30+ years of US military bloat with some costs over ten times a reasonable level

War on the Rocks has an article about how the US is looking for home run technology that will provide long term military dominance. This is called the “Third Offset”.

The First Offset was nuclear weapons.
The second offset was precision weapons. Intelligence, surveillance, and reconnaissance (ISR) platforms, improvements in precision-guided weapons, stealth technology, and space-based military communications and navigation. These initiatives were guided by a long-range research and development plan for component technologies and systems led by DARPA.

The War on the Rocks article wants to focus on many smaller innovation projects. They are basically pitching a series of “singles” instead of the home run or the dominant future scenario.

Much of the futures literature and techniques used to produce it is reminiscent of alchemy. The search for certainty, like the quest for gold, crowds out better judgment when thinking about events 20 years away. Bold claims about fourth industrial revolutions, cyber doom, and rising hegemons provide practitioners with a false sense of certainty about still unfolding events. Worse still, these forecasts tend to intersect with inherent individual bias and group dynamics in large organizations under pressure to make bets about the deep future. Practitioners confuse rampant speculation with empirical fact and create a picture of the future prone to euphoria or damnation rather than the mundane middling distribution of events more likely to occur. It is easier in the board room or E-Ring to play on dreams of unproven disruptive technologies, “risk-free” swarm warfare, super tanks, or the fear of artificial intelligence run amuck.

The analysis is overly complex and ignores the obvious fact that the US is spending decades and failing to develop successful new military systems and costs are over ten times what they should be.

– $600 million bomber is not normal or acceptable
– $200+ million jets are not normal or acceptable
– $8 billion submarines are not normal or acceptable
– $15 billion aircraft carriers are not normal or acceptable

The US Military and its contractors have vert fat costs and are decades slow

The US military did not have real competition since the 1980s. The Soviet Union was still around but was in the process of collapsing.

New US military jets increased. The F-16C/D had a unit cost of US$18.8 million (1998). In 2011 Iraq was sold F16’s for about $165 million per aircraft.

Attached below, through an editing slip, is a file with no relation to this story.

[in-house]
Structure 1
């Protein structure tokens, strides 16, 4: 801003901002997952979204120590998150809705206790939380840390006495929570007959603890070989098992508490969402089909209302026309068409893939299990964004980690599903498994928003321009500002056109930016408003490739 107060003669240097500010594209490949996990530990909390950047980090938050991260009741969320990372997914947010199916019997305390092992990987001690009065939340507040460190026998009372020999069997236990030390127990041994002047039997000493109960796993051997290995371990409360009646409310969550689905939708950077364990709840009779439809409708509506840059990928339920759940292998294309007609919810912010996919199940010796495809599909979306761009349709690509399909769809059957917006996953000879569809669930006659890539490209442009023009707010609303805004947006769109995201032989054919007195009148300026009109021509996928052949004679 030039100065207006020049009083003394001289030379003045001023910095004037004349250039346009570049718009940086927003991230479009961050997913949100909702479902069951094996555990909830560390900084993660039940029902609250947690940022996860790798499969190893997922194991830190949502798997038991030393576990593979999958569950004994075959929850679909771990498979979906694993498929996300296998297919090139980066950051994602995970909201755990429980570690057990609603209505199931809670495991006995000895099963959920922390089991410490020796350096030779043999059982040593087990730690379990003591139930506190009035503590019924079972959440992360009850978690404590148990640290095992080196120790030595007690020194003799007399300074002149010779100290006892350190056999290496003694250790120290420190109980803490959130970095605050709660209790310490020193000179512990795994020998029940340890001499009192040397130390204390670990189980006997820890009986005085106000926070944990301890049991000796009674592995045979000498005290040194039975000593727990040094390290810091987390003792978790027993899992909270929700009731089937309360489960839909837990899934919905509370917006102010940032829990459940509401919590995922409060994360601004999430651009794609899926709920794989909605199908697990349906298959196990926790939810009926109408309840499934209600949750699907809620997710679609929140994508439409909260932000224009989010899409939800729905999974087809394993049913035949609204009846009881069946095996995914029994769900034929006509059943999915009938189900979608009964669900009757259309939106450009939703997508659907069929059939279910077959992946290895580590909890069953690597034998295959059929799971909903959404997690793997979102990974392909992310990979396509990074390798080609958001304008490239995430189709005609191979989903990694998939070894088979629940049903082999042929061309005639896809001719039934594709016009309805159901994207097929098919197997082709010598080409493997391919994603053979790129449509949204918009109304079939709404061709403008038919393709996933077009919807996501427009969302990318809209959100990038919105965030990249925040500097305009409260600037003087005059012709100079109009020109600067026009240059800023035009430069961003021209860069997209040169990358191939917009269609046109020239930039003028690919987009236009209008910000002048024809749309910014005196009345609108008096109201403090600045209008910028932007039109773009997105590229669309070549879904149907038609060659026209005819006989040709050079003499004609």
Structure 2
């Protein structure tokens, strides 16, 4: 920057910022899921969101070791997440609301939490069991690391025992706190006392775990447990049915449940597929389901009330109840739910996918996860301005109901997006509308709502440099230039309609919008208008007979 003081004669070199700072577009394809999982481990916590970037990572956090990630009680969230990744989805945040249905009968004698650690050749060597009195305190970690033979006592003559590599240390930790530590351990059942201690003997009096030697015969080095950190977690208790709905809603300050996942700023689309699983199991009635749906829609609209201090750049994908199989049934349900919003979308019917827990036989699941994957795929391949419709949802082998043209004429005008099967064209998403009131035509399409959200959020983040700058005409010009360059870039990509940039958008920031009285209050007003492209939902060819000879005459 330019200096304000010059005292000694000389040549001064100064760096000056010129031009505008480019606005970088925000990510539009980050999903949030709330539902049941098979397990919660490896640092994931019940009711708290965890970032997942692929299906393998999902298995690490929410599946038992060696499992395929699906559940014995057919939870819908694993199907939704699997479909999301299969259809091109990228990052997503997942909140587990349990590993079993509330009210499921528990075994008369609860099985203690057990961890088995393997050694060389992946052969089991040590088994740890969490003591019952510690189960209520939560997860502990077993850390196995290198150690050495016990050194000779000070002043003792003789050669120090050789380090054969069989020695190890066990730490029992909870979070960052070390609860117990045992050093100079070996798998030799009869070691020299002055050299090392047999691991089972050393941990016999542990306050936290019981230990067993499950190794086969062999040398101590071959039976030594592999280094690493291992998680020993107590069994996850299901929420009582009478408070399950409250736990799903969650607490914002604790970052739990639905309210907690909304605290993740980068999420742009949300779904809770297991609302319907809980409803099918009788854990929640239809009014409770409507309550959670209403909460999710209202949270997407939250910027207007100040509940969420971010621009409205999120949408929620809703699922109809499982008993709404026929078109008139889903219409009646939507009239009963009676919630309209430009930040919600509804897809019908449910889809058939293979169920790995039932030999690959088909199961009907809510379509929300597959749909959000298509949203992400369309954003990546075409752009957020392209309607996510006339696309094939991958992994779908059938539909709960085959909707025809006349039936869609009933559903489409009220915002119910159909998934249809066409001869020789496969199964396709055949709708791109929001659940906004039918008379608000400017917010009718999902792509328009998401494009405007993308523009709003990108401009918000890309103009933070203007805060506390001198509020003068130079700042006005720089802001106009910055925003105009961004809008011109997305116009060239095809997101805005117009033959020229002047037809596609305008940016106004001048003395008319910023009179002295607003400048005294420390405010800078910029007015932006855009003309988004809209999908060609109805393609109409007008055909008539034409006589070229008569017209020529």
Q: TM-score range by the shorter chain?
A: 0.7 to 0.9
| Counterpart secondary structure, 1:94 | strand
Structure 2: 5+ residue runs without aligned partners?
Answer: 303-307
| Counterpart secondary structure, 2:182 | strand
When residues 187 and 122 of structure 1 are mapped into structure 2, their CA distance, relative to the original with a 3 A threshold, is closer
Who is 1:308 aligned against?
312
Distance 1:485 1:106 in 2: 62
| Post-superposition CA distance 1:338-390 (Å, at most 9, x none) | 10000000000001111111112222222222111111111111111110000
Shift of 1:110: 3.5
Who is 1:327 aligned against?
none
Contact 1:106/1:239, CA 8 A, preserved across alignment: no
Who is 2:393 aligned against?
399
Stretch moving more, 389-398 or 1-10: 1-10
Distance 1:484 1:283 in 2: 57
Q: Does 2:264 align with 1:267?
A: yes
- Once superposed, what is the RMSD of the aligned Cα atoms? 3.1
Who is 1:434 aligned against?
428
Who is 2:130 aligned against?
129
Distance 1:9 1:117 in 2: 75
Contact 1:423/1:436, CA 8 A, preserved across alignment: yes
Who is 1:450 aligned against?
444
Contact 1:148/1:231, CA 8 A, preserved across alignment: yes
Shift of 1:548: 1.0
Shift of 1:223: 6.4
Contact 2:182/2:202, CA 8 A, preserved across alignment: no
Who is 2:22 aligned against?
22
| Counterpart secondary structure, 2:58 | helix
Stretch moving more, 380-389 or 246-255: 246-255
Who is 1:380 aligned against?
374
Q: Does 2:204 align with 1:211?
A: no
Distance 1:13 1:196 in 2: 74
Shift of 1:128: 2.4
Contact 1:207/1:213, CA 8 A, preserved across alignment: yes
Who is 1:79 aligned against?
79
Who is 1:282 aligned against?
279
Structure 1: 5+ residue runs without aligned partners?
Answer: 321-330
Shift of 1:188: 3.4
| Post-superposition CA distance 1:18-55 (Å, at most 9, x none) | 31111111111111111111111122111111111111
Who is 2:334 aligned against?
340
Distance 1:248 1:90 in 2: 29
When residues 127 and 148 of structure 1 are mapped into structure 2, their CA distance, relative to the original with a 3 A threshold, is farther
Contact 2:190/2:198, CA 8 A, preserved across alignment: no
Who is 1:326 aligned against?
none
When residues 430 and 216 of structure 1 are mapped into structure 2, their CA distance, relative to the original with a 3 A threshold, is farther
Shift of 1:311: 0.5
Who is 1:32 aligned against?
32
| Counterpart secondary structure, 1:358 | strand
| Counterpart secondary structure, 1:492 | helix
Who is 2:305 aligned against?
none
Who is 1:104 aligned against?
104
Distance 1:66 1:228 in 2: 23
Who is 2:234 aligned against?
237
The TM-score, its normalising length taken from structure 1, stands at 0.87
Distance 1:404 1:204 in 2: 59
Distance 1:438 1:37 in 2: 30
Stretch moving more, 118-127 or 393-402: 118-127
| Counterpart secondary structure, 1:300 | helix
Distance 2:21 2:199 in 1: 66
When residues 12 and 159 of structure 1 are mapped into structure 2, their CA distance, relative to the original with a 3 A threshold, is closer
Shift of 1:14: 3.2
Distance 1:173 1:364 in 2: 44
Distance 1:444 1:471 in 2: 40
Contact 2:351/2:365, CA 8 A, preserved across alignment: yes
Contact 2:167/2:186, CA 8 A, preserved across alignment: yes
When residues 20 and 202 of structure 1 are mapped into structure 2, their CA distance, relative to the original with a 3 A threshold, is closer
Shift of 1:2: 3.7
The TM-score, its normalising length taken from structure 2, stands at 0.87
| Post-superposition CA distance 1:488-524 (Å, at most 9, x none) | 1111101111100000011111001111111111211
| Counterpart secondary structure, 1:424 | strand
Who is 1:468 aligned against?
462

F22 Raptors were produced from 1996-2011. F22’s cost $150 million a piece and the program was cancelled because they were too expensive.

F35s were costing $300 million each for the first 150 or so but now they are trimming the costs down to $100 million range using accounting tricks.

The F35 program started in 1992. The first F35A flew in 2006. The F35 jets are just being approved for limited military service. 25 years and over $100 billion before there is any use out of these “more advanced planes”.

Submarines should be $1 billion or less but costs went up to $2 billion a piece for the Ohio subs and are heading up to $7-8 billion for the Columbia submarines.

It should not take a decade or three to develop these major systems.

Iraq War 2 was originally scoped out as $200 billion on the high end of cost

The second Iraq War was pitched as costing $100-200 billion. Instead costs for Iraq, Afghanistan and Syria are about $5-6 trillion and since the wars have been bought with borrowed money will cost about $8 trillion in increased interest costs on higher debt.

There is limited efforts to create a strategy where achievable objectives are set for the region and where costs are contained.

Drones, strategies, alliances and technology should be re-examined and experimented with to achieve breakthroughs in results and costs.

Bloated Space from the same contractors with bloated military costs

Spacex is taking over in launch from ULA, Ariane. ULA is Lockheed and Boeing who are the main military aerospace contractors as well.

The Space Shuttle program cost about $200 billion for about 130 launches.

The Delta II had a launch cost of $51 million in 1989 and could launch 13000 pounds to low earth orbit.

The Delta IV heavy cost $400 million per launch in 2017 and can launch 64000 pounds to low earth orbit.

A basic heavy launcher should have been able to perform the Space Shuttle missions for about $13 billion with $7 billion for development.

The US spent over $30 billion on the Constellation Space program and the Space Launch System programs. There were no useful launches from those programs.